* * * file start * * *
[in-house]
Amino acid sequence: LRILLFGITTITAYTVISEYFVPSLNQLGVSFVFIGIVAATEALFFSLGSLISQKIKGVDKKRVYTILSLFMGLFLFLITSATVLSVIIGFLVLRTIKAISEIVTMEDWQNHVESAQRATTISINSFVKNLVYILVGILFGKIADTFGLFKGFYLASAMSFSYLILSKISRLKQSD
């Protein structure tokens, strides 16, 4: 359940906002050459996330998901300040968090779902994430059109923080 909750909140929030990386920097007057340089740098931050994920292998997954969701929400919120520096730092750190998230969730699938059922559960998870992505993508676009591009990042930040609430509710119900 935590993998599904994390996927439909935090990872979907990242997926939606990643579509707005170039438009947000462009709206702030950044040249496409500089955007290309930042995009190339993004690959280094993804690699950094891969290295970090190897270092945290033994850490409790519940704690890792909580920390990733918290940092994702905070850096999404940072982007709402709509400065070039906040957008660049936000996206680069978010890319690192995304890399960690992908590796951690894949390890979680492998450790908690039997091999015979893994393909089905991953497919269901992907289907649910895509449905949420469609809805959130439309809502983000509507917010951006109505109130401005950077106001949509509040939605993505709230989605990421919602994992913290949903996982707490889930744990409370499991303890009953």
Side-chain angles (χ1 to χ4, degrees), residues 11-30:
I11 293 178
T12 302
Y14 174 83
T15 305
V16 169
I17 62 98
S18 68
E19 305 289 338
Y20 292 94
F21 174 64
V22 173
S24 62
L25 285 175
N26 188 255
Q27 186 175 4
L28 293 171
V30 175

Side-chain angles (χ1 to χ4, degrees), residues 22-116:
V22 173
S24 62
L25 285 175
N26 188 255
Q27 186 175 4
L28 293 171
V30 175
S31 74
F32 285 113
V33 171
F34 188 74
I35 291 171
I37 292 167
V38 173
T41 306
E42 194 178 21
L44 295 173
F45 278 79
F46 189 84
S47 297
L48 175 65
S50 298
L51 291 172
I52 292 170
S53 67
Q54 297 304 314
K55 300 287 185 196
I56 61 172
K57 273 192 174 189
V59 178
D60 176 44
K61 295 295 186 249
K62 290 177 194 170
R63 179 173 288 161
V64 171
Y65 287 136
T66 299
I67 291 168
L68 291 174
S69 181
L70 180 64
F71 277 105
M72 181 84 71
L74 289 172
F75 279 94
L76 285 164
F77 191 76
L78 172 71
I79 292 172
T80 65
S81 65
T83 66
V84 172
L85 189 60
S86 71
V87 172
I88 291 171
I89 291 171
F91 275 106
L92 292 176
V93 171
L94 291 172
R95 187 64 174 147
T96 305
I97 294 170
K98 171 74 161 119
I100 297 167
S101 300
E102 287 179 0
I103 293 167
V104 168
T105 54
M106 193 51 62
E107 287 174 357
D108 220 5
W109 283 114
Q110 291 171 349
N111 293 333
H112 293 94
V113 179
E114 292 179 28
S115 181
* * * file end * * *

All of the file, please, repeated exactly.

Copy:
[in-house]
Amino acid sequence: LRILLFGITTITAYTVISEYFVPSLNQLGVSFVFIGIVAATEALFFSLGSLISQKIKGVDKKRVYTILSLFMGLFLFLITSATVLSVIIGFLVLRTIKAISEIVTMEDWQNHVESAQRATTISINSFVKNLVYILVGILFGKIADTFGLFKGFYLASAMSFSYLILSKISRLKQSD
């Protein structure tokens, strides 16, 4: 359940906002050459996330998901300040968090779902994430059109923080 909750909140929030990386920097007057340089740098931050994920292998997954969701929400919120520096730092750190998230969730699938059922559960998870992505993508676009591009990042930040609430509710119900 935590993998599904994390996927439909935090990872979907990242997926939606990643579509707005170039438009947000462009709206702030950044040249496409500089955007290309930042995009190339993004690959280094993804690699950094891969290295970090190897270092945290033994850490409790519940704690890792909580920390990733918290940092994702905070850096999404940072982007709402709509400065070039906040957008660049936000996206680069978010890319690192995304890399960690992908590796951690894949390890979680492998450790908690039997091999015979893994393909089905991953497919269901992907289907649910895509449905949420469609809805959130439309809502983000509507917010951006109505109130401005950077106001949509509040939605993505709230989605990421919602994992913290949903996982707490889930744990409370499991303890009953």
Side-chain angles (χ1 to χ4, degrees), residues 11-30:
I11 293 178
T12 302
Y14 174 83
T15 305
V16 169
I17 62 98
S18 68
E19 305 289 338
Y20 292 94
F21 174 64
V22 173
S24 62
L25 285 175
N26 188 255
Q27 186 175 4
L28 293 171
V30 175

Side-chain angles (χ1 to χ4, degrees), residues 22-116:
V22 173
S24 62
L25 285 175
N26 188 255
Q27 186 175 4
L28 293 171
V30 175
S31 74
F32 285 113
V33 171
F34 188 74
I35 291 171
I37 292 167
V38 173
T41 306
E42 194 178 21
L44 295 173
F45 278 79
F46 189 84
S47 297
L48 175 65
S50 298
L51 291 172
I52 292 170
S53 67
Q54 297 304 314
K55 300 287 185 196
I56 61 172
K57 273 192 174 189
V59 178
D60 176 44
K61 295 295 186 249
K62 290 177 194 170
R63 179 173 288 161
V64 171
Y65 287 136
T66 299
I67 291 168
L68 291 174
S69 181
L70 180 64
F71 277 105
M72 181 84 71
L74 289 172
F75 279 94
L76 285 164
F77 191 76
L78 172 71
I79 292 172
T80 65
S81 65
T83 66
V84 172
L85 189 60
S86 71
V87 172
I88 291 171
I89 291 171
F91 275 106
L92 292 176
V93 171
L94 291 172
R95 187 64 174 147
T96 305
I97 294 170
K98 171 74 161 119
I100 297 167
S101 300
E102 287 179 0
I103 293 167
V104 168
T105 54
M106 193 51 62
E107 287 174 357
D108 220 5
W109 283 114
Q110 291 171 349
N111 293 333
H112 293 94
V113 179
E114 292 179 28
S115 181